Prime-Time TV’s Biggest Animated Flops

The Simpsons has been airing for nearly 30 years. South Park has been going for 20. Family Guy has been going strong for well over a decade. But not every prime-time cartoon aimed at an audience of mostly adults has such longevity.

Fish Police

Based on a relatively obscure comic book, CBS debuted this show on Friday nights in 1992 to compete with ABC’s family-friendly “TGIF” lineup of sitcoms like Full House and Family Matters. Except that Fish Police wasn’t exactly for kids, as it was filled with double entendres and it’s an homage to old film nor movies. The action focus on a detective named Gil (the voice of John Ritter) as he tries to solve crimes in the cleverly titled Fish City. That was also a big part of Fish City—the fish jokes. Characters included Mayor Cod, Detective Catfish, and Chief Abalone. Only three episodes of the show aired—“The Shell Game,” “A Fish Out of Water,” and “Beauty’s Only Fin Deep”—before Fish Police went belly up.

The Goode Family

Mike Judge has a track record for making successful TV shows, particularly animated TV shows—he created and voiced main characters on Beavis & Butt-head and King of the Hill. He’s also behind HBO’s tech satire Silicon Valley, but in 2009 he had his only real TV flop of his career with The Goode Family. If King of the Hill poked gentle fun at conservatives, The Goode Family took aim at liberals, centering on a family that was into saving the environment and being political correct…while always wondering if they were going green and being sensitive enough. (They also a vegan dog, who rebelled by eating pets around the neighborhood.) The Goode Family just didn’t resonate and was cancelled after 13 episodes of not-very-goode ratings.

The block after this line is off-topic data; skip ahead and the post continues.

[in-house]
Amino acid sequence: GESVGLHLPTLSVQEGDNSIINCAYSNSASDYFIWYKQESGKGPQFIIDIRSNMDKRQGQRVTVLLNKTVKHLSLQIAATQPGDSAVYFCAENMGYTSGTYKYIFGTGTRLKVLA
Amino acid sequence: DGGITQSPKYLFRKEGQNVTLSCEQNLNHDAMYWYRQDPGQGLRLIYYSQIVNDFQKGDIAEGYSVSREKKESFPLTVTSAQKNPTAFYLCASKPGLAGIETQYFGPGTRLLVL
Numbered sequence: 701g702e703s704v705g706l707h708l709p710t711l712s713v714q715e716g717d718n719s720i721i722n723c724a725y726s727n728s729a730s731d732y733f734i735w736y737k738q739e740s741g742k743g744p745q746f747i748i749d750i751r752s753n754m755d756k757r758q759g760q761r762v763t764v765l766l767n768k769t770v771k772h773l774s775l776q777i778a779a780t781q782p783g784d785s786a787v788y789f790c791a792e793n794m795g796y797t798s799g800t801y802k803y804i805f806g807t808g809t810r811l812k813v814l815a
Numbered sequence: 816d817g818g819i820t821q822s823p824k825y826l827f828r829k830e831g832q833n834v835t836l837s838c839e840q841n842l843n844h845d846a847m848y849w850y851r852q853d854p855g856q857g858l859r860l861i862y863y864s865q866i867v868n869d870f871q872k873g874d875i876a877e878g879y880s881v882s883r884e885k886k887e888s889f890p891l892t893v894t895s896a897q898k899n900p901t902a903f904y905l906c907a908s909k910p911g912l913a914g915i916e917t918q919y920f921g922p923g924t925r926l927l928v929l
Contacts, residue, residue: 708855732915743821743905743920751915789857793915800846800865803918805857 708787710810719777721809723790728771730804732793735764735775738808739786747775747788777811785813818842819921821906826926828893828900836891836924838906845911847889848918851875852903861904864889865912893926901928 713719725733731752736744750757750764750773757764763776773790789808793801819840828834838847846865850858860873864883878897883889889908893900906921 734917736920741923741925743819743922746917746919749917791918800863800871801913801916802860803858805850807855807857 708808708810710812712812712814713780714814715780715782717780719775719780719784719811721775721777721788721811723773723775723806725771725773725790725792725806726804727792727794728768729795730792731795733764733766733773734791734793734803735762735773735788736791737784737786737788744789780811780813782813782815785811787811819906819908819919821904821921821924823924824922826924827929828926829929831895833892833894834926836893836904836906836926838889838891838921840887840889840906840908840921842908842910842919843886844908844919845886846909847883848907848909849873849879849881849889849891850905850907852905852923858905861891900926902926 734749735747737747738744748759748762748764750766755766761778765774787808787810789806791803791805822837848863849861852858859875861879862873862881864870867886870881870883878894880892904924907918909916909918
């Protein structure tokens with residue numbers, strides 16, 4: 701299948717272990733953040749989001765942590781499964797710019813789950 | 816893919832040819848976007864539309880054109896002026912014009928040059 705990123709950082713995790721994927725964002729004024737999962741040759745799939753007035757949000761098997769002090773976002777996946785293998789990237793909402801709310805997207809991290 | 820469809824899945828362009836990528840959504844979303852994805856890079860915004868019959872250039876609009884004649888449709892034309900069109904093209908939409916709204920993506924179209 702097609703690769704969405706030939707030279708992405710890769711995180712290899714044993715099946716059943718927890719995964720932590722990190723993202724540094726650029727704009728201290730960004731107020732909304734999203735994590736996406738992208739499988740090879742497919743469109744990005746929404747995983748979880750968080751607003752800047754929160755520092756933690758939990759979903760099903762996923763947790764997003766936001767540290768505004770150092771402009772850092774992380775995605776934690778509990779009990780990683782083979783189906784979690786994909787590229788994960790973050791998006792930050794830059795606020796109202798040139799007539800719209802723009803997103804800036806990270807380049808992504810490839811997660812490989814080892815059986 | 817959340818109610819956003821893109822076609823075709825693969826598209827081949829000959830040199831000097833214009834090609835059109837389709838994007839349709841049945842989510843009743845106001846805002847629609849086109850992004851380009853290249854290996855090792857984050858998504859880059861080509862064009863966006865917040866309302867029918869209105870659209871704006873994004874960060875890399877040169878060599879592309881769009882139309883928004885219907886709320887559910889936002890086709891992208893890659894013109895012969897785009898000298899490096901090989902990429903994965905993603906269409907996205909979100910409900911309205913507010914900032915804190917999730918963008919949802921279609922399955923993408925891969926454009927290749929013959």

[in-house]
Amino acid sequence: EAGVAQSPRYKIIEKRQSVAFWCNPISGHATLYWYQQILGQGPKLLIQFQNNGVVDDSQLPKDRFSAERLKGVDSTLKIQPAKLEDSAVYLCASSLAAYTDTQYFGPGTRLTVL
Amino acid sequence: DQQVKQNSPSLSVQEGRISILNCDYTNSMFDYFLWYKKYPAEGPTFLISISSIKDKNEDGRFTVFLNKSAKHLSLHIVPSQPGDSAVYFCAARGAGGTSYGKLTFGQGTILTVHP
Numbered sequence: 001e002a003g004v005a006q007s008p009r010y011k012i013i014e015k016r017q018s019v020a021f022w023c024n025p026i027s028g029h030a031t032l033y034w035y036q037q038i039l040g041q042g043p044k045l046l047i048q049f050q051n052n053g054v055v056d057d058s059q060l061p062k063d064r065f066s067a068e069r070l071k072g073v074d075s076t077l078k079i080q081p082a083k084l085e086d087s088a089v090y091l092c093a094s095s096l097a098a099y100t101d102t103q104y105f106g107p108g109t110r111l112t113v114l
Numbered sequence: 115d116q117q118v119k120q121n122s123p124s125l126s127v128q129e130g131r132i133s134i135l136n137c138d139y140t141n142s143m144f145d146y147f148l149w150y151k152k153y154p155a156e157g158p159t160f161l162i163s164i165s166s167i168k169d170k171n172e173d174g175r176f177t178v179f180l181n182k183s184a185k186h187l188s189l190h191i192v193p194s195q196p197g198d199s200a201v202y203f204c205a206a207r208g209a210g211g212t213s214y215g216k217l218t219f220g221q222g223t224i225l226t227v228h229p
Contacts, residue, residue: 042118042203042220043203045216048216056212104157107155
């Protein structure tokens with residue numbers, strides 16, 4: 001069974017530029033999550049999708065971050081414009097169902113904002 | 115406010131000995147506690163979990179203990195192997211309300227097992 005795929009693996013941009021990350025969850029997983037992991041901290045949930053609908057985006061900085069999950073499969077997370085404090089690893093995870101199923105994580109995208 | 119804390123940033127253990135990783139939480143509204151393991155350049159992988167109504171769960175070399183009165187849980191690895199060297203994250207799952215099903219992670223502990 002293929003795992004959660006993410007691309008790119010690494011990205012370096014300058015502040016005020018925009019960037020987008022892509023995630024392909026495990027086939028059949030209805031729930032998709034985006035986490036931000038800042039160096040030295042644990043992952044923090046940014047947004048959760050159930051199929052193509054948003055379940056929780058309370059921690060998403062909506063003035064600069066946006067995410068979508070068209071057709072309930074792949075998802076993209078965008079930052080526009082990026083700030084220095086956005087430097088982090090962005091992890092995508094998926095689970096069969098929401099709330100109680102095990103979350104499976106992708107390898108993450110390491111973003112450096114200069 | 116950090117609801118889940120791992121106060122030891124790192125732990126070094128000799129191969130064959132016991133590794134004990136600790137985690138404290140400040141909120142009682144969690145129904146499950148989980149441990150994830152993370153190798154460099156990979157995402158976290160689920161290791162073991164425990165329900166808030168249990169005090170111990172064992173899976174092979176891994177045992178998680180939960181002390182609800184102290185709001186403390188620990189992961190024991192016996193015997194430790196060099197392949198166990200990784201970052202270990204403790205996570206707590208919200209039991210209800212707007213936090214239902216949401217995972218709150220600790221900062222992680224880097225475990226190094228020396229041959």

As the Wrench Turns

Even PBS once aired a primetime cartoons. Based on Car Talk, the popular National Public Radio call-in show about car advice hosted by brothers Tom “Click” Magliozzi and Ray “Clack” Magliozzi, As the Wrench Turns was an animated sitcom about the brothers’ wacky misadventures. In one episode, they outsource their radio show to India and it goes poorly; in another, the brothers build a car that runs on pasta. Guest stars included PBS and NPR favorites like Garrison Keillor and Jim Lehrer—in other words, this was a cartoon for people who probably didn’t watch a lot of cartoons. As the Wrench Turns aired over just five weeks in the summer of 2008 before it sputtered out.

Game Over

One of first computer-animated primetime cartoons was this show that aired on the now-defunct UPN in 2004. The premise: what video game characters do after the video games are turned off. Specifically, it followed a family called the Smashenburns—Dad was a driver in a racing game, Mom was a send-up of Lara Croft from Tomb Raider, and a family of kung fu fighters lived next door. Fans of video games seemed to prefer playing video games to watching a show about them, because it was game over for Game Over after five episodes.